SACHA PFEIFFER, HOST:
Last night, the NFL returned with the Kansas City Chiefs, the defending Super Bowl champions, facing the Houston Texans. Spoiler alert, the Chiefs won, led by star quarterback Patrick Mahomes. But what stole the show was the moment before kickoff. As Chiefs and Texans players locked arms in an attempt to show unity, they were greeted by boos - all this as the NFL has acknowledged the racial justice protests of this summer and as the slogan, End Racism, was sprayed in one end zone, and the phrase, It Takes All of Us, was sprayed in the other. To talk about this, we're joined by Tyler Tynes from The Ringer.
Tyler, thanks for coming on the program.
TYLER TYNES: I appreciate it.
PFEIFFER: And, Tyler, I want to clarify. Certainly oftentimes, we will hear boos from the crowd when the non-home team comes out on the field, but that does not seem to be what was happening last night. Is that right?
TYNES: No, absolutely not. What happened was that, you know, you had a display of what these players and what their teams respectively would call unity. Basically what they did was a gesture, to lock arms to say that this is some sort of blanket equality because they don't either want to disrespect an idea about patriotism in Americana or an idea about racism in Americana. You had a faction of fans who had an issue knowing that the overall context was about racism in America and specifically about a form of protest in America. That doesn't fly in the NFL.
PFEIFFER: What did you think when you heard the boos? Did they catch you off-guard?
TYNES: Not at all. I mean, as somebody who's really been covering this since, you know, the Colin Kaepernick moment in the springtime of athlete activism, this is very standard for when we do these games and when we see these protests. When Colin Kaepernick kneeled in Buffalo, they threw bottles at him. You know, when Kenny Stills kneeled in Texas before, he got those same boos. And so this is par of the course for the type of white fan that finds themselves at the intersectional point between the nation's reckoning with racism and the athletic ecosystem that they believe they can go into as an oasis of sorts.
PFEIFFER: I think maybe the key question here is, what kind of expression is acceptable at this point? Is there any gesture? What will work?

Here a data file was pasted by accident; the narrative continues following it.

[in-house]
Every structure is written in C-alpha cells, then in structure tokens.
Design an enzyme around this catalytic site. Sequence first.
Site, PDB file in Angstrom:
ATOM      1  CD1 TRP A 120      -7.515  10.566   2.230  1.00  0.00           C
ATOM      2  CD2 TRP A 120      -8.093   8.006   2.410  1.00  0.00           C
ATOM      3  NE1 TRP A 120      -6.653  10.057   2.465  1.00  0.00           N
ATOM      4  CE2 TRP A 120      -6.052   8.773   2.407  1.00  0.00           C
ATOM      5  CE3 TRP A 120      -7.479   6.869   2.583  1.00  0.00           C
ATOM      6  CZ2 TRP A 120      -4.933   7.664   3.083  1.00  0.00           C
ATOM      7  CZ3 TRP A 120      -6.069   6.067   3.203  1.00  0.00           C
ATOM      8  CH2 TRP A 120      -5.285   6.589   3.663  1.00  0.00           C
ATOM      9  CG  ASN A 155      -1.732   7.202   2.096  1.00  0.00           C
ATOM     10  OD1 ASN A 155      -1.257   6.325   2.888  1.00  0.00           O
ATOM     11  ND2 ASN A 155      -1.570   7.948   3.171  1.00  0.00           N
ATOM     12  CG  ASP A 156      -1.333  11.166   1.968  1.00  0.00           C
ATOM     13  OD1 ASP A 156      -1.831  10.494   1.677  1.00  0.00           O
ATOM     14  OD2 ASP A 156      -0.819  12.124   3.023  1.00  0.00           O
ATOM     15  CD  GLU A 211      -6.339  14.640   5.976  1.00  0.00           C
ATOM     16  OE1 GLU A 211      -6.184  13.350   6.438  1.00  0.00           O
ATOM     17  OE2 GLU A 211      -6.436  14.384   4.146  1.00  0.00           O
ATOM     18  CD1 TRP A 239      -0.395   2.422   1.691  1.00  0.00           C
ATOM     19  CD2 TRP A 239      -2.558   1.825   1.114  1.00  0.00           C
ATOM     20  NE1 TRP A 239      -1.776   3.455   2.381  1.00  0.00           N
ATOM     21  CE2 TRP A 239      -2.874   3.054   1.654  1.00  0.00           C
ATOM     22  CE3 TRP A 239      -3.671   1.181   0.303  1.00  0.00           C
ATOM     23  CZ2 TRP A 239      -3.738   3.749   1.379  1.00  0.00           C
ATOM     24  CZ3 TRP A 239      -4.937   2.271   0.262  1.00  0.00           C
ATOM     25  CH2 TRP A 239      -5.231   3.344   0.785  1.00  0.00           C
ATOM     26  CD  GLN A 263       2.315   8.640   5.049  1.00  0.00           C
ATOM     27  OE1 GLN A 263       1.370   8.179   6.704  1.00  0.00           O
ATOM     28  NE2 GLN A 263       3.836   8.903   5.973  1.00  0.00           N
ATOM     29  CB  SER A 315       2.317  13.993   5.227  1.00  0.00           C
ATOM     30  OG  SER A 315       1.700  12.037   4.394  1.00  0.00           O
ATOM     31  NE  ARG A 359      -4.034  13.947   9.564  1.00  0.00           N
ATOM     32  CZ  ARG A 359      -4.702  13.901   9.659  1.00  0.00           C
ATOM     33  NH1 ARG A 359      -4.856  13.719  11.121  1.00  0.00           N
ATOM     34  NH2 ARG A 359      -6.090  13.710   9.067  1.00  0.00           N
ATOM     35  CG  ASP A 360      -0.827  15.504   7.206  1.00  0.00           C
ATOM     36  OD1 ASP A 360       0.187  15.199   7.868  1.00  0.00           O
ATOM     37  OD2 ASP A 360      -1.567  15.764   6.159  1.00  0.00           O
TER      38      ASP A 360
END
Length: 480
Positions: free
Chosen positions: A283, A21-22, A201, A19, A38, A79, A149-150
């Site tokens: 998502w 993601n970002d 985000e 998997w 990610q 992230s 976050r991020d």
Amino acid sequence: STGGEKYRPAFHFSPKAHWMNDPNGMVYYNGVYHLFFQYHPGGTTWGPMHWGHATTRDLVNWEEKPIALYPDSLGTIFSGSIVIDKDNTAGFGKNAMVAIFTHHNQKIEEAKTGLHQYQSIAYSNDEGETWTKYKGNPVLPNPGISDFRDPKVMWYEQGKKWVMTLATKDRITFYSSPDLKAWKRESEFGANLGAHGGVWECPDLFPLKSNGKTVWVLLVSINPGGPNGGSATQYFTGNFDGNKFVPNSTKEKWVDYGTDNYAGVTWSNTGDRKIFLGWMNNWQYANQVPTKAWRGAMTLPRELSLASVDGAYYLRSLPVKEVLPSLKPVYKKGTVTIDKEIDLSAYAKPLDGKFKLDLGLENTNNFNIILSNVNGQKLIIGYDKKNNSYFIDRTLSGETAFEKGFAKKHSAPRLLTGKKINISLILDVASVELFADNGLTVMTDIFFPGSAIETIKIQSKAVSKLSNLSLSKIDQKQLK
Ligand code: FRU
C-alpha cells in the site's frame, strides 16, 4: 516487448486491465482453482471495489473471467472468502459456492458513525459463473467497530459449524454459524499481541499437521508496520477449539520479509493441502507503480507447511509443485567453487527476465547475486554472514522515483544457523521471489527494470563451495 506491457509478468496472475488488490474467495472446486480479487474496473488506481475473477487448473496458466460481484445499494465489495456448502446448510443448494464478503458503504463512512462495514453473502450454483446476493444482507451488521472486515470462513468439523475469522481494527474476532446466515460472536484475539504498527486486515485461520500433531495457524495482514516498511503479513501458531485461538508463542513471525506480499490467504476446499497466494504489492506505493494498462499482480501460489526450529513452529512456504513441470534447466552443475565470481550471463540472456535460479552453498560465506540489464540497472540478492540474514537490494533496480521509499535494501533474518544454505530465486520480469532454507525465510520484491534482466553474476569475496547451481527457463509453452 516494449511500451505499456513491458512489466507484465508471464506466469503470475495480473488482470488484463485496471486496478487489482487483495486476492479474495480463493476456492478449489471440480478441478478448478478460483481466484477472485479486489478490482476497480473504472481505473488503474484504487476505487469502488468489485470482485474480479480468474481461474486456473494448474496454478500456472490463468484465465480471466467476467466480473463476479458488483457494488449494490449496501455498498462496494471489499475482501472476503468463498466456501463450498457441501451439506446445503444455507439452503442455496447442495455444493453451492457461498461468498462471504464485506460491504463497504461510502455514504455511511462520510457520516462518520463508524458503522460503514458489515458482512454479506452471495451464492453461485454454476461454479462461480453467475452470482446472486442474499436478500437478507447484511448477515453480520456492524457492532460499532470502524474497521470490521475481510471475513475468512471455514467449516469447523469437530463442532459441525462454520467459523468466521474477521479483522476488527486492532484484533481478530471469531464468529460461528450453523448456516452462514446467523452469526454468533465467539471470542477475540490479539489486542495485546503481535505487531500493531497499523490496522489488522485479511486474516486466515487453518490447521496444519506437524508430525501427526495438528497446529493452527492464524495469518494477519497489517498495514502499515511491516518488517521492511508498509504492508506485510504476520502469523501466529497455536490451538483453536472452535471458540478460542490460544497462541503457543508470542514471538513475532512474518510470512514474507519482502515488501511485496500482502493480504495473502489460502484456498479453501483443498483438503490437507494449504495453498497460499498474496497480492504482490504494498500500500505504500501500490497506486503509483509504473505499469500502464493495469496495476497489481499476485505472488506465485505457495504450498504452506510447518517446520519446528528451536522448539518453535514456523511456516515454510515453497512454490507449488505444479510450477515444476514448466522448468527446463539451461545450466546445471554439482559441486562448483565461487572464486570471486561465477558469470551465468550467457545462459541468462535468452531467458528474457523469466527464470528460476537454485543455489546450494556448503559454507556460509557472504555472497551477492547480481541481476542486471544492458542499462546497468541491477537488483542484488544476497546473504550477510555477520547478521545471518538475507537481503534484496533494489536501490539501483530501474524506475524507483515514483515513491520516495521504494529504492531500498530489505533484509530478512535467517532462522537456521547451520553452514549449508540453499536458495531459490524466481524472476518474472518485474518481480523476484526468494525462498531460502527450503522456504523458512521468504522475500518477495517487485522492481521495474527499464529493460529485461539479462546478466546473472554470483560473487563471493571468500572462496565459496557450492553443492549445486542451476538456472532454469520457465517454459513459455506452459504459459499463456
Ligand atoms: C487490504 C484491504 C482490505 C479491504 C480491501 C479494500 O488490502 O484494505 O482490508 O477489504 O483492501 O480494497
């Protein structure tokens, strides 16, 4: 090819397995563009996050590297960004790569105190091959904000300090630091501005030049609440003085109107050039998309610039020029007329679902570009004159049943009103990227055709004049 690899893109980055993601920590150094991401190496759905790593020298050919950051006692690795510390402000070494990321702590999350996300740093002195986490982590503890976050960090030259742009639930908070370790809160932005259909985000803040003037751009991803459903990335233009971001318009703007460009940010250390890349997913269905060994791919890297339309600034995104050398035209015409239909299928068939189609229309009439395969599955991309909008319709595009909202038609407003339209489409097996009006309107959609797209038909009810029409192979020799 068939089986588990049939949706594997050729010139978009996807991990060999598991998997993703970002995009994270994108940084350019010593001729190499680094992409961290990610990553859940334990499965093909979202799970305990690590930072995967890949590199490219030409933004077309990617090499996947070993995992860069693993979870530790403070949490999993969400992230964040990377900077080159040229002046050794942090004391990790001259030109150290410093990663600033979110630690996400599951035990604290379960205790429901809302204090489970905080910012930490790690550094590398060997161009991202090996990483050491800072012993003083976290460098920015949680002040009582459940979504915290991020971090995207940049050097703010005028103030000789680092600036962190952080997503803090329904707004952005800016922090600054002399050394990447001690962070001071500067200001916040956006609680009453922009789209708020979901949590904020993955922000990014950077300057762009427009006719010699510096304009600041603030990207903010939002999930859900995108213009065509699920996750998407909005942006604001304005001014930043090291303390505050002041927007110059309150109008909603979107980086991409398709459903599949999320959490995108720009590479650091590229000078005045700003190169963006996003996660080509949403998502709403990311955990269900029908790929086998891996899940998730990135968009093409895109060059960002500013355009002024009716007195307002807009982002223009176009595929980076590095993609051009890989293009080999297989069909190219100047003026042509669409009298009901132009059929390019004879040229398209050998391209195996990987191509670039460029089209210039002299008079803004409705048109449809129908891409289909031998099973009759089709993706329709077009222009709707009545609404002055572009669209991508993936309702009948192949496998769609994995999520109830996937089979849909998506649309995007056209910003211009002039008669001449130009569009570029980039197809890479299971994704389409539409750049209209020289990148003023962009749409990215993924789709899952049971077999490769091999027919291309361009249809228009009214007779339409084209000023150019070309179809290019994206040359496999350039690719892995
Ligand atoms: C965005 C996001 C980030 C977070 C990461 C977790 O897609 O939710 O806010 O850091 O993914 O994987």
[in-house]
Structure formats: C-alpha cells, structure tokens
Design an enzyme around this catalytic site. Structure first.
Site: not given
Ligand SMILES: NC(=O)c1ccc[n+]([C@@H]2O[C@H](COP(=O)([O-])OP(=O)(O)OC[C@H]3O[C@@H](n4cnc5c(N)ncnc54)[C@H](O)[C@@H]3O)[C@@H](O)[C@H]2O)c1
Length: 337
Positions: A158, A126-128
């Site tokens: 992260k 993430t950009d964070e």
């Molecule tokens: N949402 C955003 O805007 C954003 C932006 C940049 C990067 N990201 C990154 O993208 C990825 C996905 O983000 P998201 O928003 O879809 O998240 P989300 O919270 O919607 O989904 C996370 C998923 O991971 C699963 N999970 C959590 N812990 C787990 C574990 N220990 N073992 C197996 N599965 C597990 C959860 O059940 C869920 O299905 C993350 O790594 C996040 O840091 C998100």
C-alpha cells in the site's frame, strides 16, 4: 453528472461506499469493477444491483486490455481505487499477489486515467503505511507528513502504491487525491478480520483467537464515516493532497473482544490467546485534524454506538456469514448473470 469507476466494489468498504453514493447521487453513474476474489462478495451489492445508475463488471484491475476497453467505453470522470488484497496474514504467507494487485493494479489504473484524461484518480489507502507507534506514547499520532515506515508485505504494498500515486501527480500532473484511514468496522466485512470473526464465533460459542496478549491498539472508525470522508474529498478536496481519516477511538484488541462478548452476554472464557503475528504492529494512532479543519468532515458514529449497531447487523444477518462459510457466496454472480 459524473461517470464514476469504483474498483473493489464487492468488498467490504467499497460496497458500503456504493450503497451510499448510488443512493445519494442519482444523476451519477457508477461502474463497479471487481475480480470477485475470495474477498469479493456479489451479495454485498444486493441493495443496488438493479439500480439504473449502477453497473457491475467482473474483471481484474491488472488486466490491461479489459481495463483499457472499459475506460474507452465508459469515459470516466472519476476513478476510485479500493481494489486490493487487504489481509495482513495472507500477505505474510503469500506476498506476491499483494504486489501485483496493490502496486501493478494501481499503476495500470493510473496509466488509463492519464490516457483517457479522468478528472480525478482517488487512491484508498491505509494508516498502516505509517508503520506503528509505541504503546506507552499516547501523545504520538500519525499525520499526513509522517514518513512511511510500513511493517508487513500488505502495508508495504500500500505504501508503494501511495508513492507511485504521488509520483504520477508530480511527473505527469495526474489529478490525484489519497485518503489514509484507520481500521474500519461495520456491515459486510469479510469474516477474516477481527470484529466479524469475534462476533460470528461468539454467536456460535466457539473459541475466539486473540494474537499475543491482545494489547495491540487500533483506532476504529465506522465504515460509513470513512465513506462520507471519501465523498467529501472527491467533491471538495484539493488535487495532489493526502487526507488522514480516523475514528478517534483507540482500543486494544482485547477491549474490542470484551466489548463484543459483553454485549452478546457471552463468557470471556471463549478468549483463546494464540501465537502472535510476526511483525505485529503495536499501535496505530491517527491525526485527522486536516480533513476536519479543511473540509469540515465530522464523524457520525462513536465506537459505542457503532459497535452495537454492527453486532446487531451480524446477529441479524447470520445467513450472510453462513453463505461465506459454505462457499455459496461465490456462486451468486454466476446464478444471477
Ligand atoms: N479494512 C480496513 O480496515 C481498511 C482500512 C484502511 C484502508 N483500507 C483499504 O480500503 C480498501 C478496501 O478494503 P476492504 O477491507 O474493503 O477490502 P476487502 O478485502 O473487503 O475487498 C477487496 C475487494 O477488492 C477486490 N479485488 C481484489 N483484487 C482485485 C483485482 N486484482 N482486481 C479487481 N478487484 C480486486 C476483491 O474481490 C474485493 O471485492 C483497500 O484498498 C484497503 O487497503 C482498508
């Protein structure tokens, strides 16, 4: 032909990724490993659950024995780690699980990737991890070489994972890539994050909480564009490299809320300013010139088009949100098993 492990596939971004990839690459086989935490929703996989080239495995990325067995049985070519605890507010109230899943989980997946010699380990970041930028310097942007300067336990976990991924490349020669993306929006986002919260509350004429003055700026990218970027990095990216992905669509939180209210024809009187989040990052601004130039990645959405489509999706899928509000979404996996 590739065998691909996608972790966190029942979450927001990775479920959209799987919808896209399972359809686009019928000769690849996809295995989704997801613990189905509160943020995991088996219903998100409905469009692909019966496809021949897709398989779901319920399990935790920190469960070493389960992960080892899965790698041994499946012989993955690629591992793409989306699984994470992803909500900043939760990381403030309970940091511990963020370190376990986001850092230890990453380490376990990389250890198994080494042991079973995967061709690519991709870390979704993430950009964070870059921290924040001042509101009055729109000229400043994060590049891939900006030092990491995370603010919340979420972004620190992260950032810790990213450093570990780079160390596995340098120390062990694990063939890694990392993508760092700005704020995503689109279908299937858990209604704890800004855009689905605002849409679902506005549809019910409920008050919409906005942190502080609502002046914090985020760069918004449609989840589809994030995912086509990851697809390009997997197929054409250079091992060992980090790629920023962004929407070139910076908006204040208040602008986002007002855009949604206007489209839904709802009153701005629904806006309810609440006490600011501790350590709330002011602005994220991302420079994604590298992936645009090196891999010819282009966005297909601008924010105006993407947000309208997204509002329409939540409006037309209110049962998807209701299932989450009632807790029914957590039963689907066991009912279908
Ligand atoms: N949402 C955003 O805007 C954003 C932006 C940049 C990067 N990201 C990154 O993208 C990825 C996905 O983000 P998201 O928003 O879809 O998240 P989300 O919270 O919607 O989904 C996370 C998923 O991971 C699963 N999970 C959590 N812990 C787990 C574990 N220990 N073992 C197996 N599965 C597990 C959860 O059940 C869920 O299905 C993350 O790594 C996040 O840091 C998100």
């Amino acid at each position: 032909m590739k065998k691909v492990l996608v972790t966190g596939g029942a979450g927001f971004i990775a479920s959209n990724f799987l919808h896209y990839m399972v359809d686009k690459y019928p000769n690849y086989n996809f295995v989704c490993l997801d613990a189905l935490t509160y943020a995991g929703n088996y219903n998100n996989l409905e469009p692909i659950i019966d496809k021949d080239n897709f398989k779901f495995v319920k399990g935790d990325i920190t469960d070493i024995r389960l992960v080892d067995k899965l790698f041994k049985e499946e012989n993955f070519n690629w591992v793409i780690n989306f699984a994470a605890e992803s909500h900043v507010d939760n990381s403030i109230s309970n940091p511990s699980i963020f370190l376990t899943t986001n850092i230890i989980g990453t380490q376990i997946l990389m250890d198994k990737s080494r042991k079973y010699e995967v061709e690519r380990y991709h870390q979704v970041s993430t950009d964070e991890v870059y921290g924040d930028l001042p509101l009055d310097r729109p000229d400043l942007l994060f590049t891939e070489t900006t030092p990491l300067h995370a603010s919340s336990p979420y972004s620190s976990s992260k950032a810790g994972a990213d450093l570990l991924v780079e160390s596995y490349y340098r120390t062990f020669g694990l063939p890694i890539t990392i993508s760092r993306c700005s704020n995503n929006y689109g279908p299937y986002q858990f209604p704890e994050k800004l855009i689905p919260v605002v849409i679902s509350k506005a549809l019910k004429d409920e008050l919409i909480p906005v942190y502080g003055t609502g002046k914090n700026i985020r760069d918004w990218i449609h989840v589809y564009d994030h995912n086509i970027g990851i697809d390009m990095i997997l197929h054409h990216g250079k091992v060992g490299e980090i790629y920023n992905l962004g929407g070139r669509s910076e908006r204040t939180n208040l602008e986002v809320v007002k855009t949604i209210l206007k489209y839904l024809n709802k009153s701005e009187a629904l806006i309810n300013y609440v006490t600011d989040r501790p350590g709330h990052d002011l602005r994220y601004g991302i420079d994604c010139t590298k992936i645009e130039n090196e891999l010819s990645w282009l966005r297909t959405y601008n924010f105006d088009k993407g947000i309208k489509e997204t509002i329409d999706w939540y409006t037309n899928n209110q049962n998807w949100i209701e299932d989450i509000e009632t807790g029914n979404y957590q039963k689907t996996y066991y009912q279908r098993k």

TYNES: In this movement for Black lives where we have seen Black people speak out and specifically march in protest against police brutality, this is the norm in that we are not protesting so that the status quo can be, you know, settled and normalcy can go back to where it needs to be. No. We need to now find new ways to be in line with the voice and the vigor of a movement for Black lives. And if that means, as we saw in the NBA, a labor strike, a wildcat strike at the moment, then so be it.
PFEIFFER: But do you think there's anything players can do that won't get criticized as disrespecting the flag or be criticized for any other reason?
TYNES: No. And the thing about it is that who cares - right? - because the thing here is that these players must do whatever is necessary to find a way toward equity if they want to because the reality of the situation is the onus is not on Black people to be the ones to solve the inherent original sin of this country. No. You see, this is a white problem, and whiteness must also fix it with their hands first. These people and these players have been very clear what their demands are. It's time to listen with open ears.
PFEIFFER: Tyler, last night a retired NFL linebacker, Lance Briggs, tweeted this. He wrote, there's a segment of Americans who have an ability to compartmentalize their affinity for Black athletes as a source of entertainment, yet remain apathetic and indifferent to their plight. What do you think about that?
TYNES: Well, Lance Briggs has always been a good man. And he's right in that example. You know, if you have fans who love to watch LeBron James, if you have fans who love to watch Patrick Mahomes, but those same fans cannot not understand the plight of what racism can do to the Black body in modern time, then we have a massive issue. It was the academic Imani Perry who said there is nothing wrong with being Black. Blackness is a joy. But it is racism that is the poison on the Black body because at the end of the day, we no longer need allies. We need accomplices in this fight towards Black liberation. We're here to get something now, and the world is listening.
PFEIFFER: That's Tyler Tynes of The Ringer.
Tyler, thank you.
TYNES: No problem.
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